Malware wears many masks, and often what looks commonplace or relatively benign is actually dangerous to your PC.
Here are some tips on protecting yourself from a particular type of malicious software that even antivirus apps can’t stop.
Malware hiding under the green underline
Online advertising is constantly finding new — and often highly annoying — ways to grab our attention. One of the more pernicious techniques is the green underline placed under text on webpages (see Figure 1). It takes a while to remember that the link doesn’t take you to more information; it links you to an online ad. (Also known as Text Enhance, these ad links might be blue and/or double underlined.)
This latest scourge is usually just irritating. But in some instances it’s actually a form of potentially dangerous malware. On random occasions, hovering over the green link pops up an ad that claims you’re running an outdated video player. Often, the ad looks like an Adobe Flash updater, as shown in Figure 2.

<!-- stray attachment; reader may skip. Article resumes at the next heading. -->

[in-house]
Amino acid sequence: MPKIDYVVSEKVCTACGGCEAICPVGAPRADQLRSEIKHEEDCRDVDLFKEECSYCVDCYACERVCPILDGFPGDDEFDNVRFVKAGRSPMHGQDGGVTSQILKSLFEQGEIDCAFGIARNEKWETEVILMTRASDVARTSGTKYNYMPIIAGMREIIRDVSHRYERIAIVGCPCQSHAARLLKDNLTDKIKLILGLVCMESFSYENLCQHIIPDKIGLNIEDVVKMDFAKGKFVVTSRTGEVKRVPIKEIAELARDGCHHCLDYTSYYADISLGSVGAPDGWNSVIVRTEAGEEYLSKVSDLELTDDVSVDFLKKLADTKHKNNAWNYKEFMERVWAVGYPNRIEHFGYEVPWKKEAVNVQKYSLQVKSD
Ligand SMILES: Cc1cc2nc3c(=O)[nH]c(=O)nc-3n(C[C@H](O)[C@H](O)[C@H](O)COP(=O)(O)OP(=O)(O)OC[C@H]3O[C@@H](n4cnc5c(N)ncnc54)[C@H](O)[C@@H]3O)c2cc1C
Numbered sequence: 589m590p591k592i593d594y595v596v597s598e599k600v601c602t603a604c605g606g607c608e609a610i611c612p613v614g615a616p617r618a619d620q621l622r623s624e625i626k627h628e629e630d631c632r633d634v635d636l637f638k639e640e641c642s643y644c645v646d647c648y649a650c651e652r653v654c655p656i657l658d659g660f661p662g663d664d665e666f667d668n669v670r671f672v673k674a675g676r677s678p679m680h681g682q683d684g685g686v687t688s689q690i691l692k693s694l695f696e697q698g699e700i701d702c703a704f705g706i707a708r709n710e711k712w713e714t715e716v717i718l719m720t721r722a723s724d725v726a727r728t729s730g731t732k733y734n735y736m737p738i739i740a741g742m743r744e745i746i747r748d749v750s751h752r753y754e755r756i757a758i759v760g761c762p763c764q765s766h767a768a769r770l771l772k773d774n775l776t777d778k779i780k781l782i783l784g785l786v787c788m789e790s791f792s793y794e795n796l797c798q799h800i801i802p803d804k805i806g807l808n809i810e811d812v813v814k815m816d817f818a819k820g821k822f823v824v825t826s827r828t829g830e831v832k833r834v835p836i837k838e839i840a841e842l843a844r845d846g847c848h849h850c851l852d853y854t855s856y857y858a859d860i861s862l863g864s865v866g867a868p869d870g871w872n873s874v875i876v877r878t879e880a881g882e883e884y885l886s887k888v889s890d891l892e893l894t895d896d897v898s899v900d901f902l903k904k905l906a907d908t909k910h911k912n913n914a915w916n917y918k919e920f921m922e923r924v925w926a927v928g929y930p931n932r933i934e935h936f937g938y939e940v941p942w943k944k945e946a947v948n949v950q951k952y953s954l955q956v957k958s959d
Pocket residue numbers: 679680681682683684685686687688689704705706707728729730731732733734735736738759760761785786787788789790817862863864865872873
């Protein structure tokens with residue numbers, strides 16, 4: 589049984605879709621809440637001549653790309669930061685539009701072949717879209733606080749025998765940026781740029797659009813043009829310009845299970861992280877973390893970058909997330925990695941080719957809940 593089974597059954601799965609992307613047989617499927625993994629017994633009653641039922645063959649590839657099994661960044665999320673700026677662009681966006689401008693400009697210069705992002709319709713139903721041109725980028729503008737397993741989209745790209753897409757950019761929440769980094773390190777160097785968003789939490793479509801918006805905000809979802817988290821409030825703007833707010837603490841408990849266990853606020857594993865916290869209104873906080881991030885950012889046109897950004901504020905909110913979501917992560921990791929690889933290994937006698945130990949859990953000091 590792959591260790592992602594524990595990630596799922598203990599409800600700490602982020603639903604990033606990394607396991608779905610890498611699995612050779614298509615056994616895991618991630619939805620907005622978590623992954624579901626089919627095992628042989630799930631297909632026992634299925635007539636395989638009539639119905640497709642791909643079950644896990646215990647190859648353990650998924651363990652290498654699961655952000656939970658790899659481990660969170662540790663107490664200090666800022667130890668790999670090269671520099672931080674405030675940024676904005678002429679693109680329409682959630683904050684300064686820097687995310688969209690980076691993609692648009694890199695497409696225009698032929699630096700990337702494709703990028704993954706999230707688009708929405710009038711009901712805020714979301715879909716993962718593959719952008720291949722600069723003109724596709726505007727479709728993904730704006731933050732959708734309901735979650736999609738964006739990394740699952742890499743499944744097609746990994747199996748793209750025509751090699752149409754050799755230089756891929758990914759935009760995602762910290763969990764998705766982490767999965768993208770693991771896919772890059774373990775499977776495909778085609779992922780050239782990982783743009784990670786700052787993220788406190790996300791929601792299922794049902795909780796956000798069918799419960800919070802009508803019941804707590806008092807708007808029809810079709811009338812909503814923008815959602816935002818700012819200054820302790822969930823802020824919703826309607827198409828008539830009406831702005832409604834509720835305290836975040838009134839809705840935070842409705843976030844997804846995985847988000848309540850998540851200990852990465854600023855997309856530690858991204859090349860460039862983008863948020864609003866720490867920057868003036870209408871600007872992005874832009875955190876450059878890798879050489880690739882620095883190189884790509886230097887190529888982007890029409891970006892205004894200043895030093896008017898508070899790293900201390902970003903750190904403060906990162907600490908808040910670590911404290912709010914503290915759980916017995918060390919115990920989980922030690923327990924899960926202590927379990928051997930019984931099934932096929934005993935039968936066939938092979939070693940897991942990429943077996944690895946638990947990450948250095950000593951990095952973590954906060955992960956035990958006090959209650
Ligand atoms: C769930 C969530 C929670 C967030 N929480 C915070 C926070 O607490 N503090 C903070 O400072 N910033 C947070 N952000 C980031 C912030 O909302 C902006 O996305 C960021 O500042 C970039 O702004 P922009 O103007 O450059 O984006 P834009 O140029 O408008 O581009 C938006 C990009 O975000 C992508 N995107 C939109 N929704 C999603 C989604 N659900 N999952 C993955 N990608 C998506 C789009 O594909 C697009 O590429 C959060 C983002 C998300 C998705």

Unfortunately, only the most observant Internet users notice that the link’s URL goes to an unrelated site, such as www.transport-preservers, as reported by numerous PC users on online forums. Other URLs are used, but this particular domain, created July 29, hides behind web-hosting company GoDaddy’s privacy wall, cloaking the true owner of the domain (see whois).
A Google search of “green underline” or “text enhance” turns up numerous reports of bogus popups. Most worrisome, this form of malware goes undetected by antivirus apps. Scan your PC with any AV program, and it will report that your system is clean — with the green underlines still there on webpages.
In most cases, the malicious code is downloaded to PCs alongside free software that was intentionally installed by the user. (For more on potentially unwanted software, see the June 13 Top Story, “Avoiding those unwanted free applications.”)